Steve Spurrier to coach Orlando in Alliance of American Football

The Alliance of American Football added another big name Saturday, announcing that Hall of Famer Steve Spurrier will coach its Orlando team.

Spurrier said in a statement that he is "fired up and ready to go" and noted that the new league gives him "a unique opportunity to get back into coaching."

The Alliance of American Football, run by Charlie Ebersol, plans to debut Feb. 9, 2019, the week after Super Bowl LIII. The season will run 10 weeks and will have eight teams.

To help him steer the league, Ebersol has brought on former NFL general manager Bill Polian, currently an analyst for ESPN. The player side will be overseen by former Pittsburgh Steelers safety Troy Polamalu, and the team side will be guided by former Southern California standout and executive J.K. McKay. Advisers to the league also will include former NFL players Hines Ward and Justin Tuck.

Spurrier, who turns 73 later this month, last coached South Carolina in 2015, when he resigned midway through the season.

"What first captured my attention was Charlie and Bill's commitment to putting top-flight, professional football on the field and creating a true alliance between fans, players and the game," Spurrier said in a statement released by the league. "The Alliance offers a unique opportunity to get back into coaching, this time for a spring season, and work closely with hungry, talented athletes looking to begin, revive or extend their professional careers.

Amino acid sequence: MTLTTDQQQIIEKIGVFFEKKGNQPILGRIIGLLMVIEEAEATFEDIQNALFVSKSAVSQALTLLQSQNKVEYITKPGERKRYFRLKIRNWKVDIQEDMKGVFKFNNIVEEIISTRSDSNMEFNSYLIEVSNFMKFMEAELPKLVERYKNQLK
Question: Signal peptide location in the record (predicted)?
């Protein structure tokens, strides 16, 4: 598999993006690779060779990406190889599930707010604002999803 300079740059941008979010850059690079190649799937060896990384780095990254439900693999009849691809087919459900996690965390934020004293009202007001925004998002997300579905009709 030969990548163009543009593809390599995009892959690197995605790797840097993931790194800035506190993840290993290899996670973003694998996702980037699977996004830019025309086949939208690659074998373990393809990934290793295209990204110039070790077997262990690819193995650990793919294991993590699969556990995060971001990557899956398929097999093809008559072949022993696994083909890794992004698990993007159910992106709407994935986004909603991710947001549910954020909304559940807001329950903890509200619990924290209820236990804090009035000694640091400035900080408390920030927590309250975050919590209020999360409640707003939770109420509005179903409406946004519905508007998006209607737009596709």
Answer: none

"The fact I can do this in Orlando makes it that much sweeter. I'm fired up and ready to go."

Ebersol said in a statement that Spurrier's connection to Florida, where he won a Heisman Trophy as a player and a national championship as a coach with the Gators, was a key factor in hiring him as Orlando's coach.

"When reviewing markets for The Alliance, we focused on cities who were looking for more football," Ebersol said. "Orlando has already proven to be a passionate, loyal and engaged fan base that loves the game, yet they don't have a professional football team to call their own.

"Well, we're not just bringing professional football to town, we're bringing the Head Ball Coach with us, a true Florida legend."

Ebersol's league is set to debut one year earlier than its rival, the revamped XFL under Vince McMahon. Ebersol's father, Dick Ebersol, was McMahon's partner in the original XFL and is a longtime television executive.

While McMahon's league is backed by McMahon's money, Charlie Ebersol's league is backed by others, including former Minnesota Vikings defensive end Jared Allen, Peter Thiel's Founders Fund and The Chernin Group, which, among other investments, owns a significant share of Barstool Sports.

The league, made up of players who didn't make the cut for the NFL, will have its initial game and championship game on CBS and one matchup per week on CBS Sports Network.